Since 2015, several NFL teams have come and gone from consideration as the league’s best defense. The best scoring defense in the league that year, the Seattle Seahawks, had dropped out of the league’s best twelve just two years later. Similarly, the Cincinnati Bengals finished as the league’s second best scoring defense in 2015, with 279 points allowed. Two years later, the Bengals had regressed to a league average defense with 349 points allowed. The Denver Broncos had an elite top five defense in 2015 and 2016, but became one of the league’s worst defenses in 2017, when they ranked 24th in the NFL. Countless more examples can be found. While elite NFL offenses generally stay powerful from year to year, top NFL defenses are very vulnerable to regression and mediocrity.
Over the past four years, only a single NFL team has been one of the league’s best nine scoring defenses every season. This team has fought off regression, has remained elite, and has never had a league-average or worse seasonal performance. That team is the Minnesota Vikings, led by head coach Mike Zimmer.
Unlike the other teams mentioned, Zimmer has been relentless in adding pieces to his defense. Instead of sticking with the same players and hoping for a similar performance, the Vikings continuously improve their defense every year. Zimmer’s first draft pick came in 2014, selecting Anthony Barr ninth overall. In the 2015 NFL Draft, Minnesota triple-dipped on defense. They added cornerback Trae Waynes, linebacker Eric Kendricks, and edge rusher Danielle Hunter, all of whom are still in starting roles going into the 2019 season. The next year they added cornerback Mackensie Alexander in the second round. In 2018, they also added cornerback Mike Hughes in the first round and cornerback Holton Hill as an undrafted free agent.
One remarkable note is how corner-heavy these drafts have been. Waynes, Alexander, Hughes, and Hill have all joined the Vikings in recent years – all are still on their rookie contracts. Also notable is how often these starters come from selections in the first few days of the draft. The strength of Mike Zimmer’s coaching is not the development of undervalued prospects into league stars. Kendall James, Brandon Watts, B.J. Dubose, Elijah Lee, and Jack Tocho are some of the defensive players drafted by the Vikings on day three of the NFL Draft who didn’t do much. Outside of rare exceptions like Stephen Weatherly or Jayron Kearse, these picks don’t turn into anything but backup or roster bubble players, but that’s what you would expect from low-cost draft picks.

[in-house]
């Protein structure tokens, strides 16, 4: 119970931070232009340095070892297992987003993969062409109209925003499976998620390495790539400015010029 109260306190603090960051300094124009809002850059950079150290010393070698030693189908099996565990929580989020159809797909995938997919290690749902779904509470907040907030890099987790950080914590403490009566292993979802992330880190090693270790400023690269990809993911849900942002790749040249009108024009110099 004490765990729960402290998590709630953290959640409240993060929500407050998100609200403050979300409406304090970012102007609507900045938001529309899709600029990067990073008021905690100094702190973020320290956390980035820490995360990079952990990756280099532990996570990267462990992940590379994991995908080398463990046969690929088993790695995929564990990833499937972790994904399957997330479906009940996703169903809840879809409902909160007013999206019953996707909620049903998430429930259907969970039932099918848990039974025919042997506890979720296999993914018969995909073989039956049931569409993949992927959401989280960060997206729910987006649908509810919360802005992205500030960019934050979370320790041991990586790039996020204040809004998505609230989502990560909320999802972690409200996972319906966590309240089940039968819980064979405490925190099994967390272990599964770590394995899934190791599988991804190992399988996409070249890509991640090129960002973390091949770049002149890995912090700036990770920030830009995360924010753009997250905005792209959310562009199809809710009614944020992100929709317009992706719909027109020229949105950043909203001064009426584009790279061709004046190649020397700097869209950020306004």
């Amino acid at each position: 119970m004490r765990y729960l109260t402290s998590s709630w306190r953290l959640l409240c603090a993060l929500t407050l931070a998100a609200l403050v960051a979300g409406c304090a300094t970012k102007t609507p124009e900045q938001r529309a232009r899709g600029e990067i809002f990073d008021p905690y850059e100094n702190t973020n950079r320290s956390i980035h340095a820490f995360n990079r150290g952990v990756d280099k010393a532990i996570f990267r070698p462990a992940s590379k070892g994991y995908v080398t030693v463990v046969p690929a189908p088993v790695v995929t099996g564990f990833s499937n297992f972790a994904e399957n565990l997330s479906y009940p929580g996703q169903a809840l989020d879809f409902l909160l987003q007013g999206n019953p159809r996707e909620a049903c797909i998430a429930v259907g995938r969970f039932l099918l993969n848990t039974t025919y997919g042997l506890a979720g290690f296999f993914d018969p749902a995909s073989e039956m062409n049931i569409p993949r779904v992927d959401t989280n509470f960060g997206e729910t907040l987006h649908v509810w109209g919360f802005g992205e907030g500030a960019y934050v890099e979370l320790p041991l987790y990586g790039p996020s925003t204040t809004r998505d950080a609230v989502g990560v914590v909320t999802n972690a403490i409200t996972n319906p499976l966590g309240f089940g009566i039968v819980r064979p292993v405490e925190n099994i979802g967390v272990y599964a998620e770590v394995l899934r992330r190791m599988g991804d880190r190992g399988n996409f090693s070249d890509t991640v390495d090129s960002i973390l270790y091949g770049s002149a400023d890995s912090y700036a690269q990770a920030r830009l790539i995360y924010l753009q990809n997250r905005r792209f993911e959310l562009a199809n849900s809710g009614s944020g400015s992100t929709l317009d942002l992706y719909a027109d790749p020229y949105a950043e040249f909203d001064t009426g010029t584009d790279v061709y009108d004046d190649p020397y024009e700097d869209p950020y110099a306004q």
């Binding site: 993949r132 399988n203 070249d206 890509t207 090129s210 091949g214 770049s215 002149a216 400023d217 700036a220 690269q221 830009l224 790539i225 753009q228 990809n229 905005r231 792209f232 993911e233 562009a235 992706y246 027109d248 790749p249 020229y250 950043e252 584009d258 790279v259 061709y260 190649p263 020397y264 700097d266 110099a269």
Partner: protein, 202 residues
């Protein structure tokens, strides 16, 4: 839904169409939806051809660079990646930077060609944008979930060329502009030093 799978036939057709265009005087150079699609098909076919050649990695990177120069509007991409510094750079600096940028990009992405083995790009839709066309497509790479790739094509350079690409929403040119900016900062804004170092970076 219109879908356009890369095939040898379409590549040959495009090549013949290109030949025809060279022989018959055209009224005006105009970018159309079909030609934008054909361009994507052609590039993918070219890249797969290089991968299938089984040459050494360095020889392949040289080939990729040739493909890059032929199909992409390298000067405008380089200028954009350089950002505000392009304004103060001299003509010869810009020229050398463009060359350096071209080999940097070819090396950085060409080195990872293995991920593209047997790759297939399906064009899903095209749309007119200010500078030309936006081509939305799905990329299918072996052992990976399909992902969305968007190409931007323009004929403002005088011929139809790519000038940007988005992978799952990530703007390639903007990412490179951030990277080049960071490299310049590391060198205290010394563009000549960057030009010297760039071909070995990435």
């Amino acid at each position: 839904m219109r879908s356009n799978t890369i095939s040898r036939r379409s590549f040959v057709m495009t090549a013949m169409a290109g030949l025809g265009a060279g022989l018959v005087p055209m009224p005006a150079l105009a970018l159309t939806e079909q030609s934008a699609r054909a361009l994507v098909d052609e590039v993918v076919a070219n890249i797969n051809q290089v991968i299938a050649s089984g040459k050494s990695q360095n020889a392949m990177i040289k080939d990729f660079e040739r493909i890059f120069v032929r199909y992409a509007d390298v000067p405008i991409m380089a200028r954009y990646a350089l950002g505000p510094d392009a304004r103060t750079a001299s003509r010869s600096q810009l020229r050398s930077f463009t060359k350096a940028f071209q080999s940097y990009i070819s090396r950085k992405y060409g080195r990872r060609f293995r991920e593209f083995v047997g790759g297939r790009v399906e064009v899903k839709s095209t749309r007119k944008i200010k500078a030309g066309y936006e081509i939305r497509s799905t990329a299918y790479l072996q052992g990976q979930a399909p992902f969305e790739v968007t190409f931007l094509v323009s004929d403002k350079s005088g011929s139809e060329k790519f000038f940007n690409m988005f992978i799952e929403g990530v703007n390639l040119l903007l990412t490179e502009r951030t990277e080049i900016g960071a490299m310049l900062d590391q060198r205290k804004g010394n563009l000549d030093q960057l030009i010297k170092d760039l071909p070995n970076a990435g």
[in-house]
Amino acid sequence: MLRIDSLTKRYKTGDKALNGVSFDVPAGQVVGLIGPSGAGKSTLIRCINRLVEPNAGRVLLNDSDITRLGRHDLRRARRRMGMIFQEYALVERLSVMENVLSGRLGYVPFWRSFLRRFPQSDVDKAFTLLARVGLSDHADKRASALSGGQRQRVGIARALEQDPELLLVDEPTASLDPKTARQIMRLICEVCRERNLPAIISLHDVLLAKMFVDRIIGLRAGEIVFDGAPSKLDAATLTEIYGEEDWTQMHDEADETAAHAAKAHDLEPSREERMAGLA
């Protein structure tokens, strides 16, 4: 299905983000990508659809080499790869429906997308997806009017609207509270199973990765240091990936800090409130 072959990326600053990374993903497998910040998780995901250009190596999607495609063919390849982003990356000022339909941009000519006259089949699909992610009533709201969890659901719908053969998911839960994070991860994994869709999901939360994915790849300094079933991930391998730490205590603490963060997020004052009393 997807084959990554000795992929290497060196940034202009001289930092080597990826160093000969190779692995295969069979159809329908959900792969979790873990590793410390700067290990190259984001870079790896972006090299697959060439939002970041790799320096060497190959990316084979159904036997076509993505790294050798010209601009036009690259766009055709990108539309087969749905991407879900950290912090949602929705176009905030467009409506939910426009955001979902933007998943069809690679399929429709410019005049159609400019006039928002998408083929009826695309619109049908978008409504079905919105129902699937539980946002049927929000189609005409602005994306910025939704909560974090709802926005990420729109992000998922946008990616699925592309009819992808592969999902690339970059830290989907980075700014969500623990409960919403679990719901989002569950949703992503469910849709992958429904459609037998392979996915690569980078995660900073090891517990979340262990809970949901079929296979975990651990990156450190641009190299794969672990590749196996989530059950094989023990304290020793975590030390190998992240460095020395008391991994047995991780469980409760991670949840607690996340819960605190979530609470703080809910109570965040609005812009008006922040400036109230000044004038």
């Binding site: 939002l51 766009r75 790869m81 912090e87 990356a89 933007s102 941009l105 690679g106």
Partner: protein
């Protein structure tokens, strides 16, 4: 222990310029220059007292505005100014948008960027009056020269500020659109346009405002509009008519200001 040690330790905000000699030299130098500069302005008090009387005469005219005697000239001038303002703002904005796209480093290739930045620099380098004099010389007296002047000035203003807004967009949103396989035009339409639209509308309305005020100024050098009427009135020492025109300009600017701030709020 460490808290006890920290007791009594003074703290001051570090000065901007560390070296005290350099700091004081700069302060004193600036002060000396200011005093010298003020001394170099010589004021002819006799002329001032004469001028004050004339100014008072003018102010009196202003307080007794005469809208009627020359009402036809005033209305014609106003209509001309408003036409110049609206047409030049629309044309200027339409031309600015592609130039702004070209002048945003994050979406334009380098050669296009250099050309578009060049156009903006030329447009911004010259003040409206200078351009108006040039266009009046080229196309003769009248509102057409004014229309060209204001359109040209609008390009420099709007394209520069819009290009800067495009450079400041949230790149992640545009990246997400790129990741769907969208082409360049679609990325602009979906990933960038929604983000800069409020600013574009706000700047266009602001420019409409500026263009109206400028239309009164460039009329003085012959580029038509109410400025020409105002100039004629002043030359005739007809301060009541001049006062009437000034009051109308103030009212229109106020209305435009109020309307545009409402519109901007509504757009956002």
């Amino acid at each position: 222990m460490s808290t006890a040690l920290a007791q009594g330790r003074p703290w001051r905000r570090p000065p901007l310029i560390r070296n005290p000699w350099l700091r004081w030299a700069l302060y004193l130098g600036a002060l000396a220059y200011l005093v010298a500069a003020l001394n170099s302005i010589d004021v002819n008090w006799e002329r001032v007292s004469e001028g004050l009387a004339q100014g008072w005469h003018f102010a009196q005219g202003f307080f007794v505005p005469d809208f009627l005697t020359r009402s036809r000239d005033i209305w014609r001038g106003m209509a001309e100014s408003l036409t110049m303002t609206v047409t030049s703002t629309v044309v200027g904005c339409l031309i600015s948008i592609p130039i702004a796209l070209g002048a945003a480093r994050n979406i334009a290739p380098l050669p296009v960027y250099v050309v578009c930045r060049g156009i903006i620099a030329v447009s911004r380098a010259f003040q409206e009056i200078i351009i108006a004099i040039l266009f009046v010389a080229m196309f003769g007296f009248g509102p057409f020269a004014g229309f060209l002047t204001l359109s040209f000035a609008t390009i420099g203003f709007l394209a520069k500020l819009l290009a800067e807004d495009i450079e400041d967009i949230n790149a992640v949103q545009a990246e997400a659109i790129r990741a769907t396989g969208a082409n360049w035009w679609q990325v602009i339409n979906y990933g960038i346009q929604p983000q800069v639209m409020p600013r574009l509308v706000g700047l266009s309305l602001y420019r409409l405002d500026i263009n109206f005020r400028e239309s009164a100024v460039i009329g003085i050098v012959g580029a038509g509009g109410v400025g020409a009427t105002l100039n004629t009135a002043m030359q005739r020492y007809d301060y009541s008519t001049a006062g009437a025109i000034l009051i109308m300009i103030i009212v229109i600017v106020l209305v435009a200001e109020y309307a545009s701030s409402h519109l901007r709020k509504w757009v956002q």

Instead, Zimmer has the remarkable ability to take highly valued draft picks and convert them into quality players on defense. This seems like an obvious goal, but it is a task that many teams fail.
Defensive Drafts: Zimmer Thrives while the League Disappoints
In the 2016 NFL Draft, the New York Giants invested the tenth overall pick in Eli Apple, hoping to make him their long term star at cornerback. After a few disappointing seasons where teammates called him a cancer to the team and a suspension for fighting with the coaching staff, he was traded to the Saints for a fourth round pick. Bust.
On the same day as the Apple selection, the Oakland Raiders selected defensive back Karl Joseph fourteenth overall. Among all NFL Safeties, Pro Football Focus ranked Joseph 50th his rookie season, 35th in 2017, and 23rd in 2018. Just last week, the Raiders declined Joseph’s fifth-year option, meaning he will be a free agent after this season. Hardly the star player you expect to receive with a top fifteen draft pick investment. The same is true for first-rounder Artie Burns, another defensive back who will be off his team after this season after his option was declined. Both are busts for the teams that drafted them.
Yet in this very same draft, Mike Zimmer was able to land Mackensie Alexander in the second round. In his limited playing time, Alexander has certainly looked better than the higher picks spent on defensive backs like Eli Apple. A second round pick is still an investment, but with Zimmer it is a near guarantee that the investment pays off. There is no safer draft pick than a talented defensive back selected by Zimmer. Teams like the Giants and Raiders wish they hadn’t failed with their own first round selections.